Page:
(2) The approach for a left turn shall be made in that portion of the right half of the roadway nearest the centerline thereof and, after entering the intersection, the left turn shall be made so as to leave the intersection to the right of the centerline of the roadway being entered.
Revised Code, Title II, Chapter 441, Article III, Division 3, Section 441–331, available at http://library.municode.com/index.aspx?clientId=12016 (emphasis added). Similarly, Indiana Code section 9–21–8–21 provides:
(a) A person who drives a vehicle intending to turn at an intersection must do the following:
(2) Make an approach for a left turn in that part of the right half of the roadway nearest the center line of the roadway. After entering the intersection, the person who drives a vehicle must make the left turn so as to leave the intersection to the right of the center line of the roadway being entered.
(Emphasis added). The parties dispute what “center line” means in the context of a five-lane road with the middle lane designated as a turn-only lane for both directions of travel. Center line is not defined for purposes of either Revised Code Section 441–331 or Indiana Code section 9–21–8–21. Thus, whether someone can turn left at an intersection from a lane to the right of a designated turn-only lane presents an issue of statutory construction. The primary purpose of statutory interpretation is to ascertain and give effect to the legislature's intent. Gunn, 956 N.E.2d at 139. The language of the statute itself provides the best evidence of legislative intent, and we strive to give the words in the statute their plain and ordinary meanings. Id. A statute should be examined as a whole, avoiding excessive reliance upon a strict literal meaning or the select reading of individual words. Prewitt v. State, 878 N.E.2d 184, 186 (Ind.2007). We presume that the legislature intended for the statutory language to be applied in a logical manner consistent with the statute's underlying policy and goals. Id.
Although at this point Washington Street has five lanes and therefore no true center line, we can still determine what the center line means for purposes of Section 9–21–8–21 based on other provisions in Chapter 8 and the statute's underlying policy and goals. We start with Indiana Code section 9–21–8–11, which provides rules for roadways divided into three or more clearly-marked lanes:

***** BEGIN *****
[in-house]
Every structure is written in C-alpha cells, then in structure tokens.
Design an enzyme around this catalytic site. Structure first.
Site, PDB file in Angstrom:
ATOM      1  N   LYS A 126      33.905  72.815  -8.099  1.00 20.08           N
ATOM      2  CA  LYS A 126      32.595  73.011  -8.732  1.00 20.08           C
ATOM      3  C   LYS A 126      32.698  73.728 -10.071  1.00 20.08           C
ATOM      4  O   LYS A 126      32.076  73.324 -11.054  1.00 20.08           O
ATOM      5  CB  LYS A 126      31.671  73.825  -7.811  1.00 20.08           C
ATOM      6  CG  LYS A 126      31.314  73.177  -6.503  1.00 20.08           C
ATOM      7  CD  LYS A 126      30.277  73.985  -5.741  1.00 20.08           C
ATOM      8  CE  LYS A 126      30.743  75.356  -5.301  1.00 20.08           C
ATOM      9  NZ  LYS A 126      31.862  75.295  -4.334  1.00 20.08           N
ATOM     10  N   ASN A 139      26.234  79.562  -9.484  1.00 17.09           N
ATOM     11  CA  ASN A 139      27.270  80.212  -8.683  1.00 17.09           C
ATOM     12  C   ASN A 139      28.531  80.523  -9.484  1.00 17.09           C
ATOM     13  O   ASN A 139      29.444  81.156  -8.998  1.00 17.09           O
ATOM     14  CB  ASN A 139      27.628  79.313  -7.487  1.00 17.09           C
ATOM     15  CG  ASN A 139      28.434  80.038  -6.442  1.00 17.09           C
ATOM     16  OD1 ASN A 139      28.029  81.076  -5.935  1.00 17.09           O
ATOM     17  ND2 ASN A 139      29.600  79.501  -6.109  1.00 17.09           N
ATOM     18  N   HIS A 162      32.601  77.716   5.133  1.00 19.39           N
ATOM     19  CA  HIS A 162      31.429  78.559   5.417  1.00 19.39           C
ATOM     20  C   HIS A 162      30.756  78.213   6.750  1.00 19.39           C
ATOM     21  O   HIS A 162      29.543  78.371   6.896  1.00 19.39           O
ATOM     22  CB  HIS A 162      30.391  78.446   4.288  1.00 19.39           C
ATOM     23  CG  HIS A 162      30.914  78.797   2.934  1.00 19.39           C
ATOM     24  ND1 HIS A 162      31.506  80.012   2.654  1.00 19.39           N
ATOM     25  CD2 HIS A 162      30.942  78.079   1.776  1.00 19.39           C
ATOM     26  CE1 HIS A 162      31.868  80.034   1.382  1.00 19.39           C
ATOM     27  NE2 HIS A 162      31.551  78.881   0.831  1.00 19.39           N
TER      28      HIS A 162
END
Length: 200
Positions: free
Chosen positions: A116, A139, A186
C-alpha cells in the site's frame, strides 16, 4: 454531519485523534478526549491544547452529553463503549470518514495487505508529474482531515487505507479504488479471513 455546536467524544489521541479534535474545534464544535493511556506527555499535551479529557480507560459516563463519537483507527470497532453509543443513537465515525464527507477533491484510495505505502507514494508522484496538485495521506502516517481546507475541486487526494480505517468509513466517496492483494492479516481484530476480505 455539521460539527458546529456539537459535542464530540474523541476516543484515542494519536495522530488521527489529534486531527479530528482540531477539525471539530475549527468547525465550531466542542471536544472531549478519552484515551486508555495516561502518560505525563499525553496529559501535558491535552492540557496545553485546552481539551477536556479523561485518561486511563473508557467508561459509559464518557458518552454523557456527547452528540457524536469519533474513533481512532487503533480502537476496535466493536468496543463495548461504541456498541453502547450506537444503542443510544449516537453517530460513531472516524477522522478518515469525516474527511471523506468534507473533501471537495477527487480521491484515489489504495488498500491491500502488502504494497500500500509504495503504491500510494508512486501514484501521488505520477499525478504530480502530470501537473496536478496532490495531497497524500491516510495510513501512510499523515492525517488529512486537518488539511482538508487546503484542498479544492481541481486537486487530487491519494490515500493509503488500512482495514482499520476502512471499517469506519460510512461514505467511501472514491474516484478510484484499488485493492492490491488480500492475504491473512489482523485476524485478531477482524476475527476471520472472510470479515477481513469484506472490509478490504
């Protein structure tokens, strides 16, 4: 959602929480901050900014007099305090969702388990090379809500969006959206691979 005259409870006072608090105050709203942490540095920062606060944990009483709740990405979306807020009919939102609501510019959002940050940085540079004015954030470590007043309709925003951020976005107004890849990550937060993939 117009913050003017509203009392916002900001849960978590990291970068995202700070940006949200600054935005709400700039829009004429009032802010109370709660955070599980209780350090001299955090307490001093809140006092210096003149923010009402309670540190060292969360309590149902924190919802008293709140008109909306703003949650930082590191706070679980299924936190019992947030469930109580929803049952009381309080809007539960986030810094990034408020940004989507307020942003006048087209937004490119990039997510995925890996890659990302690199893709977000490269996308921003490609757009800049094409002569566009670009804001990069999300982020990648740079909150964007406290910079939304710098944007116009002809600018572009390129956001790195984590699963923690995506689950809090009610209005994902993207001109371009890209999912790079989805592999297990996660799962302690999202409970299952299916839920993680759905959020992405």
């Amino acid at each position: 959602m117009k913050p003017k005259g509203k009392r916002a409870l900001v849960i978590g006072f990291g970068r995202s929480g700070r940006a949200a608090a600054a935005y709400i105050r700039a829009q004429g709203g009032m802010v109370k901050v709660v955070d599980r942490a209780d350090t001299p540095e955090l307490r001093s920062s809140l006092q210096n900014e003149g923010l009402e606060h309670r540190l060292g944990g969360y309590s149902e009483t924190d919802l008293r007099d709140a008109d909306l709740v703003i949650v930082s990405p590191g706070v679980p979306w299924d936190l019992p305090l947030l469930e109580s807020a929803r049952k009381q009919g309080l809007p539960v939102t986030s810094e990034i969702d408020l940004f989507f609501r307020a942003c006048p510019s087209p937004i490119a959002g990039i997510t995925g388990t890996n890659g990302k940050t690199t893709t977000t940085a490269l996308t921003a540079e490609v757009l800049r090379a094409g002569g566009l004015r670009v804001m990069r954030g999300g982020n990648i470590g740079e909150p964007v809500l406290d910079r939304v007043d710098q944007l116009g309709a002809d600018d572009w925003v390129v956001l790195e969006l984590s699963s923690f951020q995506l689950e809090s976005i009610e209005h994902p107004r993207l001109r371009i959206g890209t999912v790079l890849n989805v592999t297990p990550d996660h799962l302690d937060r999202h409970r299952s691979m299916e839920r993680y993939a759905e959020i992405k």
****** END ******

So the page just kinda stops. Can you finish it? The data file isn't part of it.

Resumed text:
Whenever a roadway has been divided into three (3) or more clearly marked lanes for traffic, the following rules apply:
(1) A vehicle shall be driven as nearly as practicable entirely within a single lane and may not be moved from the lane until the person who drives the vehicle has first ascertained that the movement can be made with safety.
(2) Upon a roadway that is divided into three (3) lanes, a vehicle may not be driven in the center lane except under any of the following conditions:
(A) When overtaking and passing another vehicle where the roadway is clearly visible and the center lane is clear of traffic within a safe distance.
(B) In preparation for a left turn.
(C) Where the center lane is at the time allocated exclusively to traffic moving in the direction the vehicle is proceeding and is signposted to give notice of the allocation.
(3) Official signs may be erected directing slow-moving traffic to use a designated lane or allocating specified lanes to traffic moving in the same direction. A person who drives a vehicle shall obey the directions of each sign.
(Emphases added). Here, the middle of the five lanes was painted “turn only” for both east and west traffic, thereby directing drivers to turn from that lane. Because Washington Street has an odd number of lanes at this point with the center lane designated for both directions of travel, the center line must be different for each direction of travel. That is, when driving east, the center line would be the left or outermost line of the turn-only lane (the north line).
This is further supported by Indiana Code section 9–21–8–8, which governs driving to the left side of the roadway. Specifically, Section 9–21–8–8 provides that a vehicle may not be driven to the left side of the roadway when approaching or traversing an intersection. Ind.Code § 9–21–8–8(b). Thus, if the center line was determined to be the line separating the turn-only lane and the second lane from the right (as opposed to the left or outermost line of the turn-only lane), drivers could not cross that line in order to turn left at an intersection from the turn-only lane because they would be driving on the left side of the roadway.
Although Lynch posits that “the center line could be the middle lane as a whole,” Appellee's Br. p. 5, this and any other construction does not comport with the purpose of our traffic code, which is to safely regulate traffic. If a driver traveling east were allowed to turn left at an intersection from the second lane from the right as opposed to the third lane from the right which was designated as a turn-only lane, two drivers traveling east could be turning left at the same intersection and at the same time, causing a collision. We do not think this was our legislature's intent. Accordingly, when there is a designated turn-only lane for two directions of traffic, the center line is the outermost line of the turn-only lane for that direction of traffic. Lynch therefore committed an infraction when she did not turn left at Arsenal Street from the turn-only lane. See I.C. § 9–21–8–21 (“Make an approach for a left turn in that part of the right half of the roadway nearest the center line of the roadway.”). Because Officer Kivett did not have a mistaken belief about what constituted a violation of either Section 9–21–8–21 or Revised Code 441–331, reasonable suspicion existed for him to initiate a traffic stop of Lynch. We therefore reverse the trial court's grant of her motion to suppress.
Reversed and remanded.
ROBB, C.J., and NAJAM, J., concur.
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Docket No: No. 49A02–1105–CR–529.
Decided: February 14, 2012
Court: Court of Appeals of Indiana.